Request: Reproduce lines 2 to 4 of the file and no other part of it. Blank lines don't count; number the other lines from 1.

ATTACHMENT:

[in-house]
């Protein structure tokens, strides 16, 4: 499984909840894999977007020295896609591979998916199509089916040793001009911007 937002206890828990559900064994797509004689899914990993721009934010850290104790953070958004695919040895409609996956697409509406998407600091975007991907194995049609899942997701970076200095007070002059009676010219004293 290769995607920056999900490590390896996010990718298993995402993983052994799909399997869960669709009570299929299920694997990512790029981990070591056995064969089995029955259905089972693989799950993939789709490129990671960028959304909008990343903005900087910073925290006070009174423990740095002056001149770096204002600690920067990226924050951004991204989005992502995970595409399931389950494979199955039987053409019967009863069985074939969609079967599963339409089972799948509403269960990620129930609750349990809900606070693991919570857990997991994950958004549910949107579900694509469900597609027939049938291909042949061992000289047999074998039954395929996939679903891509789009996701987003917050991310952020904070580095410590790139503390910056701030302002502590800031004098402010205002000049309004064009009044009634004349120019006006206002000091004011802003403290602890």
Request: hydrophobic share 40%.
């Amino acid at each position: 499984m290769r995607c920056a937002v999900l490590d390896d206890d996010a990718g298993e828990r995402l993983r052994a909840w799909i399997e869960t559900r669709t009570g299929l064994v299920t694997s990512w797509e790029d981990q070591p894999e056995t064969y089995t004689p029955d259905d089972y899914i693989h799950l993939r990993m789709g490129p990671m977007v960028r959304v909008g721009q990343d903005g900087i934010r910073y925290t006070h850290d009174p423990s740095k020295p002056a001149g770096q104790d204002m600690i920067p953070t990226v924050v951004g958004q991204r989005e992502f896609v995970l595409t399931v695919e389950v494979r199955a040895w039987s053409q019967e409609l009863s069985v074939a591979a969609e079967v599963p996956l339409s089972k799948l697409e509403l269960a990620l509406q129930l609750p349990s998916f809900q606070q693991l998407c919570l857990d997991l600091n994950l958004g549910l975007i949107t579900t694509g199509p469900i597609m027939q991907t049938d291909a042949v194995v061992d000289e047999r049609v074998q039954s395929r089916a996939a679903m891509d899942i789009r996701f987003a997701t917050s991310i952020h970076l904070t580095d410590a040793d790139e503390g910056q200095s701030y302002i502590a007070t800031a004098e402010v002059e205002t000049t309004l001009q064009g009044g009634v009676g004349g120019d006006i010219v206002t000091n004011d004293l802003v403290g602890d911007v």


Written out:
């Protein structure tokens, strides 16, 4: 499984909840894999977007020295896609591979998916199509089916040793001009911007 937002206890828990559900064994797509004689899914990993721009934010850290104790953070958004695919040895409609996956697409509406998407600091975007991907194995049609899942997701970076200095007070002059009676010219004293 290769995607920056999900490590390896996010990718298993995402993983052994799909399997869960669709009570299929299920694997990512790029981990070591056995064969089995029955259905089972693989799950993939789709490129990671960028959304909008990343903005900087910073925290006070009174423990740095002056001149770096204002600690920067990226924050951004991204989005992502995970595409399931389950494979199955039987053409019967009863069985074939969609079967599963339409089972799948509403269960990620129930609750349990809900606070693991919570857990997991994950958004549910949107579900694509469900597609027939049938291909042949061992000289047999074998039954395929996939679903891509789009996701987003917050991310952020904070580095410590790139503390910056701030302002502590800031004098402010205002000049309004064009009044009634004349120019006006206002000091004011802003403290602890």
Request: hydrophobic share 40%.
């Amino acid at each position: 499984m290769r995607c920056a937002v999900l490590d390896d206890d996010a990718g298993e828990r995402l993983r052994a909840w799909i399997e869960t559900r669709t009570g299929l064994v299920t694997s990512w797509e790029d981990q070591p894999e056995t064969y089995t004689p029955d259905d089972y899914i693989h799950l993939r990993m789709g490129p990671m977007v960028r959304v909008g721009q990343d903005g900087i934010r910073y925290t006070h850290d009174p423990s740095k020295p002056a001149g770096q104790d204002m600690i920067p953070t990226v924050v951004g958004q991204r989005e992502f896609v995970l595409t399931v695919e389950v494979r199955a040895w039987s053409q019967e409609l009863s069985v074939a591979a969609e079967v599963p996956l339409s089972k799948l697409e509403l269960a990620l509406q129930l609750p349990s998916f809900q606070q693991l998407c919570l857990d997991l600091n994950l958004g549910l975007i949107t579900t694509g199509p469900i597609m027939q991907t049938d291909a042949v194995v061992d000289e047999r049609v074998q039954s395929r089916a996939a679903m891509d899942i789009r996701f987003a997701t917050s991310i952020h970076l904070t580095d410590a040793d790139e503390g910056q200095s701030y302002i502590a007070t800031a004098e402010v002059e205002t000049t309004l001009q064009g009044g009634v009676g004349g120019d006006i010219v206002t000091n004011d004293l802003v403290g602890d911007v």